Stylish and Rugged, Ready for the Urban Jungle

With its sleek black design, black matte coloring, and imposing size, the Cannondale Canvas Neo 1 is one classy and some might say imposing e-bike, especially as commuter bikes go.

Its features are impressive too, which include the most powerful Bosch motor and big 29” wheels with oversized tires. One of the most impressive features of this bike is the ability to use two batteries in tandem, doubling the battery life to a whopping 1 KWh capacity, which, as you might imagine, gives it an impressive range of 90km per battery.

The Cannondale Canvas Neo is also well-equipped with a Shimano Deore 10-speed drivetrain and Shimano MT200 hydraulic disc brakes. Other features include fenders, front and rear lights, and a hidden kickstand mount.

6. Surly Big Easy Cargo Bike

Surly Big Easy Cargo Commuter Electric Bikes
Photo Credit : Surly

Hauling Heavy Cargo Just Got Easier

Don’t be surprised if you get a lot of double-takes while riding Surly’s Big Easy down the road.

The bike’s incredibly long wheelbase makes this one of the longest e-bikes you can ride. That’s because the Surly Big Easy is designed as a cargo bike.

In fact, Surly refers to it as the 18-wheeler of the cargo bike world. The Big Easy is equipped with a powerful Bosch Performance CX motor and is capable of running two batteries for more range.

The rear features two extra-large panniers and enough room for a child or two. And, if that isn’t enough, the bike is compatible with Surly’s trailers. Despite its length, Surly insists that the bike handles similarly to a normal length e-bike.

7. Stromer ST1 X

Stromer ST1 X Sport Commuter Electric Bikes
Photo Credit : Stromer

Smart Features Bring Commuting to the Next Level

Swiss company Stromer has already gained a reputation for making exceptional e-bikes. The only problem is those e-bikes are also exceptionally expensive.

Because it’s a more affordable version of the Stromer e-bikes, the ST1 is getting a lot of attention. The performance of all Stromers is exceptional, and the ST1 is no exception.

A powerful Stromer CYRO Drive gives it a max assist speed of 28 mph while an impressive 618 Wh battery boasts a range of up to 75 miles.

The Stromer’s looks are classic, with wrap-around fenders and understated clean lines. A bike computer display is cleverly set into the frame while the battery is integrated into the downtube.

8. Benno Remidemi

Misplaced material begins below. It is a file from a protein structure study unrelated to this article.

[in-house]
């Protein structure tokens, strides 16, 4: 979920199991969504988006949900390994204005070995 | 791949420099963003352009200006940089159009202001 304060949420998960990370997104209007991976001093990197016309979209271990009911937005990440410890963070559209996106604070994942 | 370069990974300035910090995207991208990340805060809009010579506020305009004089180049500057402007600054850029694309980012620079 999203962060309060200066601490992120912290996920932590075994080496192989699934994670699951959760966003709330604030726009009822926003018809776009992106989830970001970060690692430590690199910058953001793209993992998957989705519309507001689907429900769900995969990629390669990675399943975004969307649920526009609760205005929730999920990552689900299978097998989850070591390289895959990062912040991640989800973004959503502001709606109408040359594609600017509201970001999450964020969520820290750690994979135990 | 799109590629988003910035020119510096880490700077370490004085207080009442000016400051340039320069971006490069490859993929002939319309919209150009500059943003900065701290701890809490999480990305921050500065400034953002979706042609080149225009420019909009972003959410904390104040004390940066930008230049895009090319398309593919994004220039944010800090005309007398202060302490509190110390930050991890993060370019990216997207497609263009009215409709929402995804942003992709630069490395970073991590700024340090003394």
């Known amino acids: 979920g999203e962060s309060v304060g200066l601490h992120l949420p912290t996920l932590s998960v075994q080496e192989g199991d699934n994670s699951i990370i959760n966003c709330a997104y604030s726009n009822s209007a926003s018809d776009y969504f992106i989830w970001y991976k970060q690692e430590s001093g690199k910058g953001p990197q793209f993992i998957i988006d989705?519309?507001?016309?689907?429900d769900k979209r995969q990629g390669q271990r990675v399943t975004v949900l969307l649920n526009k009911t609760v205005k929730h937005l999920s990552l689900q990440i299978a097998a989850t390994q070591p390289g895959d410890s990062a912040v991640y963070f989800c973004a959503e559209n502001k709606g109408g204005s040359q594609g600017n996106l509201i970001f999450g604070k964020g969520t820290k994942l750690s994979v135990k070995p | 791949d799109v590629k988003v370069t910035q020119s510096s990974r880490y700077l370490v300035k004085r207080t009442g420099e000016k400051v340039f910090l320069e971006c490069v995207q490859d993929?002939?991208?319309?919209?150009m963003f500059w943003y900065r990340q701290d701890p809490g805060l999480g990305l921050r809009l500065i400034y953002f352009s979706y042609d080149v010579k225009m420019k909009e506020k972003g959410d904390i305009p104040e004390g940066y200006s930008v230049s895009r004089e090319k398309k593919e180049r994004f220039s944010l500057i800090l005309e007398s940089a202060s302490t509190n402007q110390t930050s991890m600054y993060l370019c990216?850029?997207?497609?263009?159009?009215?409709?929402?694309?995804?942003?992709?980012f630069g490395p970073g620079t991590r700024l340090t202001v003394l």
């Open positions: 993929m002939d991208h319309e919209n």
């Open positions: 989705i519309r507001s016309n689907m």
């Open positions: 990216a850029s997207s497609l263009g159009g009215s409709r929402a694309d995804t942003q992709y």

Benno Remidemi Commuter Electric Bikes
Photo Credit : Benno

Designed to Haul Anything You Can Imagine Of

The Benno Remidemi is a good example of a utilitarian bike. Every part of it is designed to serve a purpose, and that purpose is hauling cargo.

The frame features an extended rear end to offer plenty of space for a box, basket, panniers, or whatever else you might want to attach to it. Seeking to maximize cargo, mounting points on the head tube allow for the attachment of an additional basket or rack.

Understanding that a bike designed to haul stuff needs to be strong, stable, and easy to mount, the Remidemi has a very low step-through, a steel frame, and an upright geometry.

Extra-wide bike tires add plenty of cushioning for rider and cargo while fenders keep road grime at bay.

Things to Know Before Buying Commuter E-Bikes

There’s a lot to know before buying an e-bike.

It’s essential to understand not only how the batteries and motor works, but also where it’s even legal to ride one.

We’ll cover these topics as well as what to expect with frame sizing, features, and price range, so you can make the most informed decision before you buy.

Most E-Bikes are Class 1

Because e-bikes have motors, they are defined by classes.

It’s important to understand these classes because they determine how fast a bike can go and where you are authorized to ride one. The majority of e-bikes fall under Class 1, which means they provide pedal assistance up to 20 mph (15 mph in Europe).

Once you hit 20 mph on a Class 1 e-bike, generating additional speed is up to your legs and/or gravity. The one exception on this list is the Swiss-made Stromer, which will assist you in reaching speeds up to 28 mph, making it a Class 3 bike.

Class 1 e-bikes are treated as bicycles throughout most of the country although there are a few states that treat them as mopeds. It’s important to check your state’s laws before making a purchase.

Powered by Bosch Motors

When it comes to e-bikes, Bosch is the clear market leader.

The majority of the manufacturers on this list, with the exception of Stromer, use Bosch motors to power their bikes.

Bosch’s e-bike motors come in five different models.

  1. Active Line with a maximum torque of up to 40 Nm
  2. Active Line Plus with a maximum torque of up to 50 Nm
  3. Performance Line is the most versatile and produces up to 65 Nm torque
  4. Performance CX is compact and powerful with torque up to 85 Nm
  5. Cargo Line produces a torque of up to 85 Nm